by Vadim Jean



252pp/20.00/December 2006

Terry Pratchett's Hogfather: The Illustrated Screenplay
Cover by Paul Kidby

Reviewed by Steven H Silver

Terry Pratchett first published his satirical look on Christmas, Hogfather, in 1996. The twentieth Discworld novel (there are now thirty-three), has now been made into a two part live-action film for Sky television.  Not exactly an introduction to the series, Hogfather does have the strength of being a satire on Christmas and can therefore be released to tie in to the holiday.  In addition, Vadim Jean, the screenwriter of the show, has released Terry Pratchett's Hogfather: The Illustrated Screenplay to coincide with the film's television debut.

While the meat of the book is the screenplay, which generally follows Pratchett's novel closely, the added value is in the lavish illustrations throughout the book.  For the most part photographs from the production, these reproduce very well on the high gloss paper stock used in the book.  If there is one weakness, it is that while the pictures are included near the text which refers to them, none of them have captions to provide additional information.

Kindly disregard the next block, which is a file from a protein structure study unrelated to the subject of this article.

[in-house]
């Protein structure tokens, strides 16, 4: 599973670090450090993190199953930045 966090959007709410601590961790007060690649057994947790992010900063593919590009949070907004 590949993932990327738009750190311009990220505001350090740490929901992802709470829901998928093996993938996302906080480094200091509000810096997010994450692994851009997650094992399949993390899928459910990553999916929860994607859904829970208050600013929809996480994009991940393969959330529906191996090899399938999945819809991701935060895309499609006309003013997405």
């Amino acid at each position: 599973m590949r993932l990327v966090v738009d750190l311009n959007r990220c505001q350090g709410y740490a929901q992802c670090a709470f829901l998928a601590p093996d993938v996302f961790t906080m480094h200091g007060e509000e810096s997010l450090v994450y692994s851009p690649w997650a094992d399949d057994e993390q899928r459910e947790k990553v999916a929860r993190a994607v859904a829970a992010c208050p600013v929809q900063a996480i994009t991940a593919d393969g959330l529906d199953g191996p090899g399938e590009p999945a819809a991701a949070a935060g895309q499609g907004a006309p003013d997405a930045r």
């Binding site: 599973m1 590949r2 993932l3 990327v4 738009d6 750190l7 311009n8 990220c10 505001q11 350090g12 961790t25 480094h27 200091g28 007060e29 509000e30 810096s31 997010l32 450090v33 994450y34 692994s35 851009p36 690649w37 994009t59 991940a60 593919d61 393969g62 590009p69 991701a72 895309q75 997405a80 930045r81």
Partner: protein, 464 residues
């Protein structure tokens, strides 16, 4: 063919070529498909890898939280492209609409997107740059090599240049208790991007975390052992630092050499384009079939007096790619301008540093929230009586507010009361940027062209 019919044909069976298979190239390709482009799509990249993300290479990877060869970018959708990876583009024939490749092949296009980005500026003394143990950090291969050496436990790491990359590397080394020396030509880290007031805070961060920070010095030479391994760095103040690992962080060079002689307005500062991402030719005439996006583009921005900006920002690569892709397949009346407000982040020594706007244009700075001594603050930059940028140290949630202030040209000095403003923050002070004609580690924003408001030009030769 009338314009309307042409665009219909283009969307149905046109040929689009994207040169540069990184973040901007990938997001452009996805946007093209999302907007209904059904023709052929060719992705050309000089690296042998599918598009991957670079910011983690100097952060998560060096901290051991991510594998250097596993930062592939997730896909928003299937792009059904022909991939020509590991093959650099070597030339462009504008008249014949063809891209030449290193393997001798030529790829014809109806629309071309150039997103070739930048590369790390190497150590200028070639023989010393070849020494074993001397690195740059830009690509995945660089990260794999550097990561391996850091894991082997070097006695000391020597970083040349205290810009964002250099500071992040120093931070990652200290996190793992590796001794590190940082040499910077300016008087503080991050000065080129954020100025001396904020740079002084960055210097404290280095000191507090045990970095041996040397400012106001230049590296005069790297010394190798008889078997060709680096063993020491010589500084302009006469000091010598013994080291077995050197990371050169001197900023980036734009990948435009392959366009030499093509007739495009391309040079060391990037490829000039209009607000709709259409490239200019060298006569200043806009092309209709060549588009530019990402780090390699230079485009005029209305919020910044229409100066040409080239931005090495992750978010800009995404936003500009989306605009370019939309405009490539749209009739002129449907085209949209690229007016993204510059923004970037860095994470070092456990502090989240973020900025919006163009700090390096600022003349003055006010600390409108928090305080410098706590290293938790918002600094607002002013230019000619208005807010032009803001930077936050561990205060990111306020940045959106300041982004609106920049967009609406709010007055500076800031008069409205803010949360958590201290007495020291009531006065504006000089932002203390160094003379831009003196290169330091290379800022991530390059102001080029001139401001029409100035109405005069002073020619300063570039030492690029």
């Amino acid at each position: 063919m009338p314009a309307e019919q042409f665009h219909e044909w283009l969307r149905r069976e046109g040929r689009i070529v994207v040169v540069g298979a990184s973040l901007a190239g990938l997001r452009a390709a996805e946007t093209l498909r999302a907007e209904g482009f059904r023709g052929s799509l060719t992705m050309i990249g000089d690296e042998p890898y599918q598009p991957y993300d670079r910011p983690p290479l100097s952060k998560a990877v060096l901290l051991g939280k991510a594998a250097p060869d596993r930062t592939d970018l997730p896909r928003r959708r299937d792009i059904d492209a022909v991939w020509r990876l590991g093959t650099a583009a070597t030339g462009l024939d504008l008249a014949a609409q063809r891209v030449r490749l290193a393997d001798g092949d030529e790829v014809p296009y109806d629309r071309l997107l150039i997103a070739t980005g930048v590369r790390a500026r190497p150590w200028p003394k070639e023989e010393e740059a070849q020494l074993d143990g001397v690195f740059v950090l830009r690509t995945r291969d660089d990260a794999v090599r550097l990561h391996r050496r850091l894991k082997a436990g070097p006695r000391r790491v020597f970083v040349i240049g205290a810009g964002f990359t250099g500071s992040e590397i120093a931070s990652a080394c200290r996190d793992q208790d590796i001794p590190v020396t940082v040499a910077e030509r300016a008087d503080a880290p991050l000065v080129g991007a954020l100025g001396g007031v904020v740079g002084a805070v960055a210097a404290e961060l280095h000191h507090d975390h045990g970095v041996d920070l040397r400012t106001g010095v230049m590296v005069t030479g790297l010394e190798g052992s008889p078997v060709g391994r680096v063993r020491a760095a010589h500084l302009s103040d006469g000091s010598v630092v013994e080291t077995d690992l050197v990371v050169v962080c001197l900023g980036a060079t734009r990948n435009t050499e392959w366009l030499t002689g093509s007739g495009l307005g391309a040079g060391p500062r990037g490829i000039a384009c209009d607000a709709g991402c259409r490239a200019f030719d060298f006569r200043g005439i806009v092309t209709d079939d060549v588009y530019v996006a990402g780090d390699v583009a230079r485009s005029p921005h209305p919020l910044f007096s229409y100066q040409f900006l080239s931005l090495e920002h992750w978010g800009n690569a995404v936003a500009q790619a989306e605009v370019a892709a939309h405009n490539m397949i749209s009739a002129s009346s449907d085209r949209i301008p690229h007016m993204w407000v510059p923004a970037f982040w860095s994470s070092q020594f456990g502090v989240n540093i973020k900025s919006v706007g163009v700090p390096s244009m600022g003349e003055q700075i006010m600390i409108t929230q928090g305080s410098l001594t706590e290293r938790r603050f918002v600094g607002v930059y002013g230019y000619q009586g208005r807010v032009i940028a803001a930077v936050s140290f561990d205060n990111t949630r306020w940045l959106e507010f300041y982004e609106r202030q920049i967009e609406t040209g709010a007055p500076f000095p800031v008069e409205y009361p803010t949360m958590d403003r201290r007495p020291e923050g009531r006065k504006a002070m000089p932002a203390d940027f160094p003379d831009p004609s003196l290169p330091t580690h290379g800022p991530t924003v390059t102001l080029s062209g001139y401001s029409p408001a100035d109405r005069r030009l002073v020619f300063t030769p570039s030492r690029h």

In addition to the photographs taken from what was televised, there are numerous sketches of sets, perhaps most notable the sketch of the tooth fairy's castle that appears on page 84 and the photographic representation on the opposite page. Other sketches give an indication of the original appears of characters, which may be compared to their photos scattered throughout the book.

It is clear that the team that created the film and this book are familiar with Pratchett's works and the illustrations which have graced their covers over the years, as the appearance of characters and settings seem familiar, even though this is the first time they've appeared on the screen.  The book serves, therefore, as a reintroduction to many of the people and places which Pratchett has used over the years, ranging from Death to the Wizards of Unseen University.

Aside from the text of the screenplay and the illustrations, the book contains two forewards, one by Pratchett and one by Jean.  Pratchett's, naturally enough, talks about how much the production mirrors his imagination and how grateful he is that it was finally brought to the screen.  Jean talks about his introduction to Pratchett's works and the path that took him to a production of Hogfather (and, dare one hope, additional Discworld films).  There is also an afterword by the producers, Ron Brown and Ian Sharples, in which they offer thanks to the people who made the film possible. Finally, there is a cast listing, although it would have been nice if the actors' names could have accompanied their images throughout the book. 

Terry Pratchett's Hogfather: The Illustrated Screenplay doesn't really add anything to either Pratchett's original novel or the Sky television series.  It is, however, a lavish and enticing addition for those who have enjoyed Pratchett's tale of the Hogfather in either medium.  The book provides a wonderful, fully illustrated gateway onto the Disc whenever desired.

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